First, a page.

Billings and Ditch Officials Monitor BBWA Canal Near Rims | Local News
Billings and the BBWA ditch managers know there’s no way to stop gravity, so the best option is to find a way to work with it.
Billings Public Works employees have installed sensors to monitor in real time the movement of the hill above the Billings Bench Water Association Irrigation Canal as it passes under the Rims and flows east toward Heights.
“It’s all moving,” said BBWA board member and former president Gary Davis of the hill.
The dirt hill along this part of the Rims north of the city center is part of a prehistoric landslide that is still sliding, pushed by gravity so slowly that it is almost imperceptible.
However, over the past few weeks, it’s been noticeable enough that the city has decided to monitor it with real-time sensors, a change from sensors that only reported a few times a day.
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“We’re doing a bit more robust monitoring than expected,” Public Works Director Debi Meling said.
Over the next week, his department will issue a request for proposals from technicians who can give the city qualified options on what it can do to better stabilize the landslide.
With heavy rain this year, city and ditch officials were watching the hill closely for movement. Geotechnical experts had been monitoring the hill above the irrigation ditch for a few weeks after the city noticed movement.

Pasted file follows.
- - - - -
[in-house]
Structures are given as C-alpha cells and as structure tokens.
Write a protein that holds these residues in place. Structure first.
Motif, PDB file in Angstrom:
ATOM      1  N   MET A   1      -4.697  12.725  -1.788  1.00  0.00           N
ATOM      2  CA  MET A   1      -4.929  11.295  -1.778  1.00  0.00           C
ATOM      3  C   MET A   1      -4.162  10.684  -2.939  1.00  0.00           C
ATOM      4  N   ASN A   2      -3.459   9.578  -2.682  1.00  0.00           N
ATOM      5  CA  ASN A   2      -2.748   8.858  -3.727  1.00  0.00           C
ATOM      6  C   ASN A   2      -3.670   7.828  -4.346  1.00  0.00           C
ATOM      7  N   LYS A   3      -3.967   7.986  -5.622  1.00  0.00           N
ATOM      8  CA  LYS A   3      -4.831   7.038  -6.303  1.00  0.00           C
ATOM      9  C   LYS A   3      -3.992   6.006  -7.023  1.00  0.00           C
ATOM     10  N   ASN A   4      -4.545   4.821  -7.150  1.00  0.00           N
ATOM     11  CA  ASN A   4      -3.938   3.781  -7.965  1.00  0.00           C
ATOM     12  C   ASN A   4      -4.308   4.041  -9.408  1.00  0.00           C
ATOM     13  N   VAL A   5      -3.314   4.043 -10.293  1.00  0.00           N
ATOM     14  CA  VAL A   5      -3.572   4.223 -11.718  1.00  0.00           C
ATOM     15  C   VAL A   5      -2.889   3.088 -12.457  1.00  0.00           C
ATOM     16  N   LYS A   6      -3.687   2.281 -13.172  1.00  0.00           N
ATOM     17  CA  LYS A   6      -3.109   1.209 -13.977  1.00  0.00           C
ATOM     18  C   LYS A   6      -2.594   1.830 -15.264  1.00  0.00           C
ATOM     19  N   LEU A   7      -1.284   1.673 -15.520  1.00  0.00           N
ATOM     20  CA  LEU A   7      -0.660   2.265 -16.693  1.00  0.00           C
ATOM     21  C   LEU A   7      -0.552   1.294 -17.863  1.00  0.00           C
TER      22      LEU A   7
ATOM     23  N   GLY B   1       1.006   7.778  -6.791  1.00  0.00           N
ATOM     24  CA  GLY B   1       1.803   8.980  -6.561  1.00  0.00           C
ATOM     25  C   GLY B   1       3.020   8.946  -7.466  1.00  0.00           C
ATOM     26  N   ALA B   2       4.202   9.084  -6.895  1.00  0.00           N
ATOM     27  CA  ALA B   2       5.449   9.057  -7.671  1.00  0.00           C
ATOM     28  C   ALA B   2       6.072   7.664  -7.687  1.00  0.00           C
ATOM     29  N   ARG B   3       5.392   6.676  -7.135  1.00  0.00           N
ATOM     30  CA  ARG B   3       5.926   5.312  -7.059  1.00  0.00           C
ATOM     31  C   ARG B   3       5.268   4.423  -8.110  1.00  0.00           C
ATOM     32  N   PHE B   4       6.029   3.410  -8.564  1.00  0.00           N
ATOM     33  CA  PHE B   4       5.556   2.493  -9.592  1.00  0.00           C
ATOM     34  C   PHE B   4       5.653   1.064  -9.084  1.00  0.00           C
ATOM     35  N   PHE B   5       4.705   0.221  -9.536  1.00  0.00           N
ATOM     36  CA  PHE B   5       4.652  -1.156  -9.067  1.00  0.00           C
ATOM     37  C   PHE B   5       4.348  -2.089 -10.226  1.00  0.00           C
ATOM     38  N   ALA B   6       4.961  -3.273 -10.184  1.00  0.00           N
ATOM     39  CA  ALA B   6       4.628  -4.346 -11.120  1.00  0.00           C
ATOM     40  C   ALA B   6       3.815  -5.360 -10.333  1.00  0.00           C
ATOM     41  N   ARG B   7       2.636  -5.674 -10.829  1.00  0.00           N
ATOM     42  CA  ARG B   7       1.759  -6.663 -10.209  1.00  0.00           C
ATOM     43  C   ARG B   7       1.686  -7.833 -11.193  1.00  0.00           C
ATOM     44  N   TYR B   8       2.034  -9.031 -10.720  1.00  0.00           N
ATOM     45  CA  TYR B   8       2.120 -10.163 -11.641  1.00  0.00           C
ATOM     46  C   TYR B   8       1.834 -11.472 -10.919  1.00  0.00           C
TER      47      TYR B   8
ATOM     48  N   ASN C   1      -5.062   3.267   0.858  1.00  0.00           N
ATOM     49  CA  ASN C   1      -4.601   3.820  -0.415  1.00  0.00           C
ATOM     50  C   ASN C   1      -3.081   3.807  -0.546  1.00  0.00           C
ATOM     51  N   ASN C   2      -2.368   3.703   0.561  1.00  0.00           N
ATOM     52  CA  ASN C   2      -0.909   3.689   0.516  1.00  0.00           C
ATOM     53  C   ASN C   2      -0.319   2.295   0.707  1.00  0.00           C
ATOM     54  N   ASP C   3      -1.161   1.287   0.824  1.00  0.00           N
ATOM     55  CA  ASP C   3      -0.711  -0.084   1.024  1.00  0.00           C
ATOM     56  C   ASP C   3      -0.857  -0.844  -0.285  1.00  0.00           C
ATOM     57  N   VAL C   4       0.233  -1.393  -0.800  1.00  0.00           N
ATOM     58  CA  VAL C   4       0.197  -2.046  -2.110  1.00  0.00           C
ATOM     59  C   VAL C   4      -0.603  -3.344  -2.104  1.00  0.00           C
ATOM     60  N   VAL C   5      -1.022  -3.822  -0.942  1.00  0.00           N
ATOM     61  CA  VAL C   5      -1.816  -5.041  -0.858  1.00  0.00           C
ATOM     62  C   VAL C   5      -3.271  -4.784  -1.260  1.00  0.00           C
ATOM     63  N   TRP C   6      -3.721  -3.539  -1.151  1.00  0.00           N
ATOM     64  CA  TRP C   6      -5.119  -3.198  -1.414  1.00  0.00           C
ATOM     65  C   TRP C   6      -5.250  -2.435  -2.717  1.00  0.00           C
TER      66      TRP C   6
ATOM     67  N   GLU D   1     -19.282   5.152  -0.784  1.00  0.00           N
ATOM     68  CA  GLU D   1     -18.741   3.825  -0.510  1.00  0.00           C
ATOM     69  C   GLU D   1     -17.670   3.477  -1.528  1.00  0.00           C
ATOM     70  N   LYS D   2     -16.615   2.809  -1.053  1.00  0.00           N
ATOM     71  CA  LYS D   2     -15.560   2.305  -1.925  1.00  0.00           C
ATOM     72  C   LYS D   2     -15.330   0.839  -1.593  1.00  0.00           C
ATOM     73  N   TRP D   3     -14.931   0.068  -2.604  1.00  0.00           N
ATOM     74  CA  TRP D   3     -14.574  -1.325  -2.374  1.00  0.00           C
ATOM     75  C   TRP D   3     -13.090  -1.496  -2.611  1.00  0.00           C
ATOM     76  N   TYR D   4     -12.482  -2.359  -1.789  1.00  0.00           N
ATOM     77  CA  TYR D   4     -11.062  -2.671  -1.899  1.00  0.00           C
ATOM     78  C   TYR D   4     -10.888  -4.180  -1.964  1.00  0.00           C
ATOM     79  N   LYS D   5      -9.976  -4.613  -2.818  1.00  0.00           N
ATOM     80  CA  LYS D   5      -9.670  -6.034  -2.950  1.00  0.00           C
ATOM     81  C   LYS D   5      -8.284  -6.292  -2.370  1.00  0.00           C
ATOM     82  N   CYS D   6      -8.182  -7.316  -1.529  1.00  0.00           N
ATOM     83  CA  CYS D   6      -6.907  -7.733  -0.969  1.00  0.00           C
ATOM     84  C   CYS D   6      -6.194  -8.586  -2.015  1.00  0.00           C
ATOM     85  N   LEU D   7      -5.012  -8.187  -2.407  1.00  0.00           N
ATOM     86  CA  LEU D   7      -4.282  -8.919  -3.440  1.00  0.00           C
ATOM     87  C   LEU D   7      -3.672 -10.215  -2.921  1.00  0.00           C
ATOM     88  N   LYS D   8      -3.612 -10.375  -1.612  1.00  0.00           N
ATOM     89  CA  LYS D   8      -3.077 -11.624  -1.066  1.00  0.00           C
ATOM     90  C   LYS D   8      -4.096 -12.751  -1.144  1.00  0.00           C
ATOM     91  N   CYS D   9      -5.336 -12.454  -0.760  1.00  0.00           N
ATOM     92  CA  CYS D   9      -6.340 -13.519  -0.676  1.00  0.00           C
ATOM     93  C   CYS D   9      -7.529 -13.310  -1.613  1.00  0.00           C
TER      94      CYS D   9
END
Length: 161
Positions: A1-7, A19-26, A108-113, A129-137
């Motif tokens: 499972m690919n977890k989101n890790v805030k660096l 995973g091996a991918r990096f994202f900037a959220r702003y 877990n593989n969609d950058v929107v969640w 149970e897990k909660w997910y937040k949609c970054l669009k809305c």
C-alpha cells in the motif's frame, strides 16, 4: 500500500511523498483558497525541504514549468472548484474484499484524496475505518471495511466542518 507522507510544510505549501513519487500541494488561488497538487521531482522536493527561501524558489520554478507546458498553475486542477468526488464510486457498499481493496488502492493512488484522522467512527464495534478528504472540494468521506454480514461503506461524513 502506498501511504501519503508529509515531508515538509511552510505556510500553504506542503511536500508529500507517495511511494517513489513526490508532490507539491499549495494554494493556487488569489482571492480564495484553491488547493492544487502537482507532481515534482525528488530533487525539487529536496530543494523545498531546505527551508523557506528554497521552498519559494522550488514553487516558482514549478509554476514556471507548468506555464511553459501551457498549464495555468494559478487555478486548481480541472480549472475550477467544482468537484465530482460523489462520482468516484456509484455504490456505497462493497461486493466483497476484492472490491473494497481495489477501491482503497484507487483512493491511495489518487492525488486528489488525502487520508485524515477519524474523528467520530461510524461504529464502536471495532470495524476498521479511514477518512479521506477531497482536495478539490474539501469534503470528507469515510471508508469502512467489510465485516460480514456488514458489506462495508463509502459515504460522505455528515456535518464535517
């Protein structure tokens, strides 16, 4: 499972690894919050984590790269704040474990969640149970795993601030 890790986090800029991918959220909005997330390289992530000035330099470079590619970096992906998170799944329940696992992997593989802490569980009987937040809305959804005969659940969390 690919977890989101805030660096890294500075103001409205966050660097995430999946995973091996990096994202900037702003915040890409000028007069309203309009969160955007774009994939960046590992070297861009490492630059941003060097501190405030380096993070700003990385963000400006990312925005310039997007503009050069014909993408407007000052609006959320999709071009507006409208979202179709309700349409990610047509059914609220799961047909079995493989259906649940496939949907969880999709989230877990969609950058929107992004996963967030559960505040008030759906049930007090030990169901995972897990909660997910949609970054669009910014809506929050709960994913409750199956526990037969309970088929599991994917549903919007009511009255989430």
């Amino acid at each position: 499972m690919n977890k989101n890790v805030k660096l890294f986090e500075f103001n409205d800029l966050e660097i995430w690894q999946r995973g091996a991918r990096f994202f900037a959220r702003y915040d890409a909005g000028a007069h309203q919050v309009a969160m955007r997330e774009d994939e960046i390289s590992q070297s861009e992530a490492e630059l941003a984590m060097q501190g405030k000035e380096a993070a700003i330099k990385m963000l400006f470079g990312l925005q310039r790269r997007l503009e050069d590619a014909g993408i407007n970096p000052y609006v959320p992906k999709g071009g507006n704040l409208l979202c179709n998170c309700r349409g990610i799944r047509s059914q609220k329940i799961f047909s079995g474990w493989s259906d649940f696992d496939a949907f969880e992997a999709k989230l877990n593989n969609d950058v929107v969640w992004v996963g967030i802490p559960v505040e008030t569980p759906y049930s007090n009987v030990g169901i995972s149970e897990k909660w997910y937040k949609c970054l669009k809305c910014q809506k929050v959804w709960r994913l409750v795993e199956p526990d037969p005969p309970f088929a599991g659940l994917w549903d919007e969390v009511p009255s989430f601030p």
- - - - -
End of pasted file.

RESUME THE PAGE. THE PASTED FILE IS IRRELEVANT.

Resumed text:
In the end, the amount of rain that fell was less than expected and not enough to cause serious concern. Still, the BBWA reduced channel throughput over the weekend to be on the safe side, Davis said.
The hill the city is monitoring sits above the moat and about six blocks west of the hill the city worked to stabilize last summer. This stretch of land above and below the moat is a city park and is closely monitored by the city and the BBWA.
The confluence of the city park, the century-old BBWA irrigation ditch, and the slow-moving glacial slope creates complicated issues for city and ditch officials.
Town and ditch officials have had regular conversations this spring, and town staff plan to hold a special city council meeting with the BBWA later this summer to talk about the hill and the irrigation canal that runs along it. crosses.
The BBWA Canal has been in place since the early 1900s and still serves agriculture east of Billings. The ditch supplies water to farmers and ranchers in eastern Yellowstone County, four golf courses in Billings, and fills Lake Elmo.
The implications of a breach in a canal are obvious to both the city and the BBWA. If the ditch gave way, it would remove the hill below and could flood hundreds of homes and buildings in the Burnstead Drive area north of Billings as water returned to the Yellowstone River.
The whole area is changing, and efforts to secure sections of the hill can feel like technicians are attaching a smaller landslide to a larger one, Davis said.
“It’s nature, it’s gravity,” he said. “We’re just trying to exist on a moving hill. That’s part of the business in this business.”